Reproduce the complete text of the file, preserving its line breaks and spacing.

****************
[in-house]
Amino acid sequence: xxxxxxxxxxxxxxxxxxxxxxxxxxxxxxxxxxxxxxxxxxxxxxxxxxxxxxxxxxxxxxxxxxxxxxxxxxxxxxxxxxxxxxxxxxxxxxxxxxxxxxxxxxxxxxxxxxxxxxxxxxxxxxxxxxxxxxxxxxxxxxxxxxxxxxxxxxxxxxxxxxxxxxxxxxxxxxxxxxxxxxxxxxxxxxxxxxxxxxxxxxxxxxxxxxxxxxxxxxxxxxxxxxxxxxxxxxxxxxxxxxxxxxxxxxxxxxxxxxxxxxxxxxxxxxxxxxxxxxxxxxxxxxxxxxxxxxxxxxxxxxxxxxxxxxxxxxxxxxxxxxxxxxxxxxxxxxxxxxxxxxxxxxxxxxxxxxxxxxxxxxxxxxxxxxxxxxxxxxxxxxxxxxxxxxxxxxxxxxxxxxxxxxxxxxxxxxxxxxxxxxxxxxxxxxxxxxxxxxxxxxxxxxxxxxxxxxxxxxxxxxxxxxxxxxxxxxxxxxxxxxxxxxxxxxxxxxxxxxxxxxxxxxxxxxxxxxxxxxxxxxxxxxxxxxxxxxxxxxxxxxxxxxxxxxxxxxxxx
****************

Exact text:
[in-house]
Amino acid sequence: xxxxxxxxxxxxxxxxxxxxxxxxxxxxxxxxxxxxxxxxxxxxxxxxxxxxxxxxxxxxxxxxxxxxxxxxxxxxxxxxxxxxxxxxxxxxxxxxxxxxxxxxxxxxxxxxxxxxxxxxxxxxxxxxxxxxxxxxxxxxxxxxxxxxxxxxxxxxxxxxxxxxxxxxxxxxxxxxxxxxxxxxxxxxxxxxxxxxxxxxxxxxxxxxxxxxxxxxxxxxxxxxxxxxxxxxxxxxxxxxxxxxxxxxxxxxxxxxxxxxxxxxxxxxxxxxxxxxxxxxxxxxxxxxxxxxxxxxxxxxxxxxxxxxxxxxxxxxxxxxxxxxxxxxxxxxxxxxxxxxxxxxxxxxxxxxxxxxxxxxxxxxxxxxxxxxxxxxxxxxxxxxxxxxxxxxxxxxxxxxxxxxxxxxxxxxxxxxxxxxxxxxxxxxxxxxxxxxxxxxxxxxxxxxxxxxxxxxxxxxxxxxxxxxxxxxxxxxxxxxxxxxxxxxxxxxxxxxxxxxxxxxxxxxxxxxxxxxxxxxxxxxxxxxxxxxxxxxxxxxxxxxxxxxxxxxxxxxx